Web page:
“This really is a spiritual/cultural question, about what it means to live a good life… Marxism shouldn’t be reduced to productionism. The goal of socialism has always been human freedom, which is about much more than material wealth… Gandhi talked about the ethical demands of nature… we do have to live within the limits of nature.”
Patnaik proposes an alternative to the current neoliberal agenda by saying we must delink ourselves from capitalist globalisation via capital controls, managing foreign trade and expanding the domestic market through the protection and encouragement of petty production, including peasant agriculture; through larger welfare expenditure by the state; and through a more egalitarian distribution of wealth and income.
While calling for new and innovative solutions to the problems we face under capitalism, aspects of his thinking dovetail with many in the environmental/food sovereignty movement who advocate a need for localisation not globalisation, self-sufficiency not corporate dependency.
There is a need to encourage localised food economies that are shielded from the effects of rigged trade and international markets. Rather than have transnational agribusiness corporations determining global and regional policies and private capital throttling democracy, we require societies run for the benefit of the mass of the population and a system of healthy food and sustainable agriculture that is run for human need.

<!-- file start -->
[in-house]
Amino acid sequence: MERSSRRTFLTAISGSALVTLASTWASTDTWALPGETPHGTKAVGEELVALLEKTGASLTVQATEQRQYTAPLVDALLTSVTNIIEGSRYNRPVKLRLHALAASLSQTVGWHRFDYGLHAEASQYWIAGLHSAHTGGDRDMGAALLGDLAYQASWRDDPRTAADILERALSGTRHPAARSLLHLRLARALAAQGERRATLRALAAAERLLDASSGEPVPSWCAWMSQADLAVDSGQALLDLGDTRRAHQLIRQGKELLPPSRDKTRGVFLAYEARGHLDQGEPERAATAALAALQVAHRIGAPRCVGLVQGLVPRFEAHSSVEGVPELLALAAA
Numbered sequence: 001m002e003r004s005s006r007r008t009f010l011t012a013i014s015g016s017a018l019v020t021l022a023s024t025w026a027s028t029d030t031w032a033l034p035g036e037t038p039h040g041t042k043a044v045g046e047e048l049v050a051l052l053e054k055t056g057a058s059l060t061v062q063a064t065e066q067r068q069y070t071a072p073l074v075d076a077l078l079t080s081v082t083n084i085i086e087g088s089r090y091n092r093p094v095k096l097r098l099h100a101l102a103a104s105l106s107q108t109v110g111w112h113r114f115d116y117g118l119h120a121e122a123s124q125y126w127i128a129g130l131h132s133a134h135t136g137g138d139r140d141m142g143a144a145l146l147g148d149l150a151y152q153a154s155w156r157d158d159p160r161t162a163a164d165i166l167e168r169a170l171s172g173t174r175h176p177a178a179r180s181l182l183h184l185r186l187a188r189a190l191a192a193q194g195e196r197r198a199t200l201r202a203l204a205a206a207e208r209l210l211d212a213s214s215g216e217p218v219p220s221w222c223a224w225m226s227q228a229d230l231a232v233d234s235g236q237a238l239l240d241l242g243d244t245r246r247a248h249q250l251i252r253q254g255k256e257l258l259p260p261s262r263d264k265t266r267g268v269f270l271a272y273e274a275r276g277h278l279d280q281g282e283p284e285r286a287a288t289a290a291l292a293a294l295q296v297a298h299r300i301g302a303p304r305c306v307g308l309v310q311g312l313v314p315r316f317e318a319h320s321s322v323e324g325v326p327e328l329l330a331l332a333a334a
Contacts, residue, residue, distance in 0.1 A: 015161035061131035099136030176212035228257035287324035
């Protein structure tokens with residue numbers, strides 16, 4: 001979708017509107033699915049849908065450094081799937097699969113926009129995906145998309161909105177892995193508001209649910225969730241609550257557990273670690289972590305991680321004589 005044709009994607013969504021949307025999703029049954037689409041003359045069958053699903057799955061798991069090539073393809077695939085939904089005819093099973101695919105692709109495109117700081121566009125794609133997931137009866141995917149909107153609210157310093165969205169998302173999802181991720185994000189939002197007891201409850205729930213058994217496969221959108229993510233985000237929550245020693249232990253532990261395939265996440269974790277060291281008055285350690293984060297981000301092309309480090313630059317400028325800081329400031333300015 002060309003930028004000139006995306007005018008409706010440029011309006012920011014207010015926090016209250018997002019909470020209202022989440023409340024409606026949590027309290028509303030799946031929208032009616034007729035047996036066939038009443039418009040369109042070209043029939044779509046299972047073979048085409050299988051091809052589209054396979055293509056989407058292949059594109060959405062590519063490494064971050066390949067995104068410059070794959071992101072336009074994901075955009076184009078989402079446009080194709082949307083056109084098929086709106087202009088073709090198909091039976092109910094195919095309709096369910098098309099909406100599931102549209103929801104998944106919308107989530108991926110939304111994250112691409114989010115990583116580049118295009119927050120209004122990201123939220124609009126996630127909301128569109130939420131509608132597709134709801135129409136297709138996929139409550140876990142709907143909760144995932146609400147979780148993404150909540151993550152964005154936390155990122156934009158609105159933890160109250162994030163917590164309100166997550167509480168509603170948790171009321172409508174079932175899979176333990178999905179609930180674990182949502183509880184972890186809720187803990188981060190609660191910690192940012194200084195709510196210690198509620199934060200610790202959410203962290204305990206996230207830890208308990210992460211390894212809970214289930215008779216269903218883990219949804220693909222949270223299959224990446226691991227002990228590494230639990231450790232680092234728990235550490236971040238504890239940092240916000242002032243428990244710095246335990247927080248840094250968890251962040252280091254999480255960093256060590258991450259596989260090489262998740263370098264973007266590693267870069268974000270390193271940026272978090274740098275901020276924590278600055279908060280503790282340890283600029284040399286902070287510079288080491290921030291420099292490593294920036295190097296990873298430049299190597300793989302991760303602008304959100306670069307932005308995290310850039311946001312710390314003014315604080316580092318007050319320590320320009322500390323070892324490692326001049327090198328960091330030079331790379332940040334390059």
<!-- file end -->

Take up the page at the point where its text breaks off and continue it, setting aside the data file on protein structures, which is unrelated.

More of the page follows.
We need only look at Mexico and what ‘free trade’ has done to that country’s food and agriculture sector: destroyed health, fuelled unemployment, transformed a rural population into a problematic group of migrants who now serve as a reserve army of labour that conveniently depresses the incomes of those in work. The writing is on the wall for India.
Current policies seek to tie agriculture to an environmentally destructive, moribund system of capitalism. RCEP would represent a further shift away from real, practical solutions to India’s agrarian crisis based on sustainable agriculture and which place the small farmer at the centre of the development paradigm.
Details about what can be done to resist RCEP are outlined at the bottom of this page on GRAIN’s website.
Colin Todhunter is an independent writer
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The recent revelation that the co-operatives banks are still sitting on old currency worth Rs. 9,000 crores, gives us a different perspective on the steep fall in agricultural prices and the crisis of the farmers. It points to the culpability of central government and RBI in the farm crisis, by depriving the rural areas of much needed liquidity on one side, and institutional credit on the other side.